Counting the snow flakes might not sound to be an appealing job or even one that will be very important.
But Mike Strobel understands that what he does to get a living has a far reaching impact, one in which millions of Americans have a vested interest, including farmers, ranchers, traffic security officials, highway engineers, communities, water and irrigation districts -just about every man, woman, kid, and animal throughout the nation.
Technically, Mike doesn’t count genuine snow flakes, just the level of accumulation caused by prolonged snows over a month across the Colorado Rockies. He’s supervisor for the USDA-NRCS Snow Survey Program.
But is tracking the accumulation of snow high really all that important? It certainly is to agriculture in the Southwest, including to New Mexico and Texas farmers. Just like the weather reports which are specially detailed for farmers in other countries, who’s livelihoods depend on what the weather is like. You can access specialised reports from other countries which do cover the Colorado area but you may need to buy proxy servers in order to watch them.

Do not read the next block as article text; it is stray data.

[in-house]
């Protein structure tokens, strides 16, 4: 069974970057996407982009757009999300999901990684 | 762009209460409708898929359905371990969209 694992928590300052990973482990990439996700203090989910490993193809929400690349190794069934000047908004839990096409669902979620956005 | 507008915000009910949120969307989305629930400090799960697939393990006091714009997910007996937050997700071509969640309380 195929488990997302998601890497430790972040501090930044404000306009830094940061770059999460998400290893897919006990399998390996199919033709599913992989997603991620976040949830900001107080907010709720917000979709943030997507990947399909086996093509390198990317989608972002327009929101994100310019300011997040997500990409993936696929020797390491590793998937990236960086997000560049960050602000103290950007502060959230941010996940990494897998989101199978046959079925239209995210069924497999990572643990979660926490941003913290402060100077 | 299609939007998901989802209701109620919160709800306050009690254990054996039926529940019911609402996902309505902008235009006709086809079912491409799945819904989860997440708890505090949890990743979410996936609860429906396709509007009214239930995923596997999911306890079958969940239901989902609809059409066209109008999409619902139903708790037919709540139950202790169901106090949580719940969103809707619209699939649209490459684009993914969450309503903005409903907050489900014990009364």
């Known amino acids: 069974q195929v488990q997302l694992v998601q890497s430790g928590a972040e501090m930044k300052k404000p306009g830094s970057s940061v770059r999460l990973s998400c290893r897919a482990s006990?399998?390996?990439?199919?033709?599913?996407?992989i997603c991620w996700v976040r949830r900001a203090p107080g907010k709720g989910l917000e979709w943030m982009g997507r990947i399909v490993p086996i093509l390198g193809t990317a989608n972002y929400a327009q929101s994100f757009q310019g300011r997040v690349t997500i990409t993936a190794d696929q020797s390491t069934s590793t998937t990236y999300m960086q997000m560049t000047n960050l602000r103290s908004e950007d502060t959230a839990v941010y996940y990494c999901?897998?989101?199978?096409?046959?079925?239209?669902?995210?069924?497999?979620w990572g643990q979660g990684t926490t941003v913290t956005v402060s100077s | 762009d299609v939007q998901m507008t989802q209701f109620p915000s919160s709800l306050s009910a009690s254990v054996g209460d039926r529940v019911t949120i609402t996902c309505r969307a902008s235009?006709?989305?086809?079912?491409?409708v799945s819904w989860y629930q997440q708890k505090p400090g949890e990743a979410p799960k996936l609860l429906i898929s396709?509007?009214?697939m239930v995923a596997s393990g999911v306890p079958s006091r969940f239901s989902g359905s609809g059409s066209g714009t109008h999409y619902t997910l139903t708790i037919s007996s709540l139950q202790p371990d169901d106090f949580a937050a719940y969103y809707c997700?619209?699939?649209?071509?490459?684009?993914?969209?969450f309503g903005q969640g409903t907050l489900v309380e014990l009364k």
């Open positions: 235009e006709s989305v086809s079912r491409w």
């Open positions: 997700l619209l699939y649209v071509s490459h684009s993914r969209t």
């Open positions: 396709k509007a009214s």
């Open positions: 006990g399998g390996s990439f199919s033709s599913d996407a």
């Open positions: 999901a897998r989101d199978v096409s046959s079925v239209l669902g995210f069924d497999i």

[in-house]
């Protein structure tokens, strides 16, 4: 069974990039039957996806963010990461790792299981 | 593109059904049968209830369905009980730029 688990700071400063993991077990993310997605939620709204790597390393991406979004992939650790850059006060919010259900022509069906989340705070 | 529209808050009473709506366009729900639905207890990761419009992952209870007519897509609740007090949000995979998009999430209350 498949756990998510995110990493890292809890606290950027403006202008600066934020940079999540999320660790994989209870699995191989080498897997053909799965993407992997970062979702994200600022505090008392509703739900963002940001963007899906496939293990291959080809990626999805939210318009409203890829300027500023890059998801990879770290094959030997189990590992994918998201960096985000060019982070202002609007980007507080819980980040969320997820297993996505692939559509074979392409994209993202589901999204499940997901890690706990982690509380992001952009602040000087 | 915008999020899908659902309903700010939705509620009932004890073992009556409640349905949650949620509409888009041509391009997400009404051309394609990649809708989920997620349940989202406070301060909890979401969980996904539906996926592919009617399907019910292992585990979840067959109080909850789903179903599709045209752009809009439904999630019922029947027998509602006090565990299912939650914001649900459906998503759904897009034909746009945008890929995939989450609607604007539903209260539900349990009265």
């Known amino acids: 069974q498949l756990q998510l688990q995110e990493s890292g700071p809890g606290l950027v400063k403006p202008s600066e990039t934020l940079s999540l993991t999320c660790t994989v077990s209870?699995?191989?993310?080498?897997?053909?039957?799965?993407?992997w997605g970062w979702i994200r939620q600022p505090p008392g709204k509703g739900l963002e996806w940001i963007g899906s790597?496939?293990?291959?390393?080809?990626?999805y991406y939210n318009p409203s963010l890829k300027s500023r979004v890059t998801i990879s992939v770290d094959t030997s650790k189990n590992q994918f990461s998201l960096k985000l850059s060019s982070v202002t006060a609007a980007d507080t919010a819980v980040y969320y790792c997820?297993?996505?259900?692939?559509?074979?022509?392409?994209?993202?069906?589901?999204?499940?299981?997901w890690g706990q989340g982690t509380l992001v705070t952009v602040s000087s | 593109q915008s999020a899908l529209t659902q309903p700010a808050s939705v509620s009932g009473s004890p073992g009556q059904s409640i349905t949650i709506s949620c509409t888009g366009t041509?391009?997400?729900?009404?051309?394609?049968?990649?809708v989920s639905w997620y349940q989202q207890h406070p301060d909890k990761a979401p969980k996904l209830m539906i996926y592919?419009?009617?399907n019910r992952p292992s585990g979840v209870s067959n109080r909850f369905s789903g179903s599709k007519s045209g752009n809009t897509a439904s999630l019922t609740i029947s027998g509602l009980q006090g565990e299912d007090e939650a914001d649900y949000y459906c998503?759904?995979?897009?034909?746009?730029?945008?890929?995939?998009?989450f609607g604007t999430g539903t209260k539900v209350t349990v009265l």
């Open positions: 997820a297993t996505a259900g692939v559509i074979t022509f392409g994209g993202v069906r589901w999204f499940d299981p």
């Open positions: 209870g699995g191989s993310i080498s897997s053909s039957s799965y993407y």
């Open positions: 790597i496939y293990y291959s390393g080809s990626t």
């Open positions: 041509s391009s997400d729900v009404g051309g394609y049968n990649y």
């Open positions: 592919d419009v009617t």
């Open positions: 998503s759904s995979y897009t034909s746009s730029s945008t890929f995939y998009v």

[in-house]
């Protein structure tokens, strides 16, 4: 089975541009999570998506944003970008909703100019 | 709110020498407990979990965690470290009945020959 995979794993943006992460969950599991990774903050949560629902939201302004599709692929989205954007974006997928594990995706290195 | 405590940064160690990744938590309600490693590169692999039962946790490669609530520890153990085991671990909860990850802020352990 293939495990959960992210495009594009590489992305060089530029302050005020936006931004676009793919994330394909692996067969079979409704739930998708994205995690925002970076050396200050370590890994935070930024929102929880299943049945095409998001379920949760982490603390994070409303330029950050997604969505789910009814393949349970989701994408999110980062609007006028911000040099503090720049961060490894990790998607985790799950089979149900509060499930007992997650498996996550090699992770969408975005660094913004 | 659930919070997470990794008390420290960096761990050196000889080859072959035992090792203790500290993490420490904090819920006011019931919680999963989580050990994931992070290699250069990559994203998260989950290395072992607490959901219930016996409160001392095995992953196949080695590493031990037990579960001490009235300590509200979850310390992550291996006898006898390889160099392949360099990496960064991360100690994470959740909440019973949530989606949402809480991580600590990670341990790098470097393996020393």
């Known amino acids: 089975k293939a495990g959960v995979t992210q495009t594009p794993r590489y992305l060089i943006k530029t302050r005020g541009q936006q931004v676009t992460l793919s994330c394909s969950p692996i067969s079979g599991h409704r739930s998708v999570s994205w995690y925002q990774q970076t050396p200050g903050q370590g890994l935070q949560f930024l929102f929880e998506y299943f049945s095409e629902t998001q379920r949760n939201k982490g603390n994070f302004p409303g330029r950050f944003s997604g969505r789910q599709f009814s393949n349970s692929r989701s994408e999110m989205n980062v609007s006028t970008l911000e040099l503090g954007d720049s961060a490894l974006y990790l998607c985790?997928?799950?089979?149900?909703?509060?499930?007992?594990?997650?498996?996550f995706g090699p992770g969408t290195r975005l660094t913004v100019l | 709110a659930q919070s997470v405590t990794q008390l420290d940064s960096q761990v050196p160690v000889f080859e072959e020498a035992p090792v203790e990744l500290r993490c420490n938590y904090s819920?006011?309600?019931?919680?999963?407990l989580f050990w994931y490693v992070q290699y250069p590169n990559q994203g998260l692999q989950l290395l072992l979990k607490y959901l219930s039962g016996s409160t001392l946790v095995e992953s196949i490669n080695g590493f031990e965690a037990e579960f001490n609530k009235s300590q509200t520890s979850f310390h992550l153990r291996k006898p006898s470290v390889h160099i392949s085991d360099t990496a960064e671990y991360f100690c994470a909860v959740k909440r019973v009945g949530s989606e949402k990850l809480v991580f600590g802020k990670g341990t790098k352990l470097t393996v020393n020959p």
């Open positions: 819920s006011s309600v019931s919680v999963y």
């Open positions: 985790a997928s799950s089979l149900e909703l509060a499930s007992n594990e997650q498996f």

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Actually, six major waterways, including the Colorado River, begin in the Rockies, every spring, and in the event the snow didn’t fall and melt, there would little or no water after a period of time in those waterways. And that could be quite debatable. The Colorado River and its tributaries alone supply water to numerous men and women and as far south as Mexico.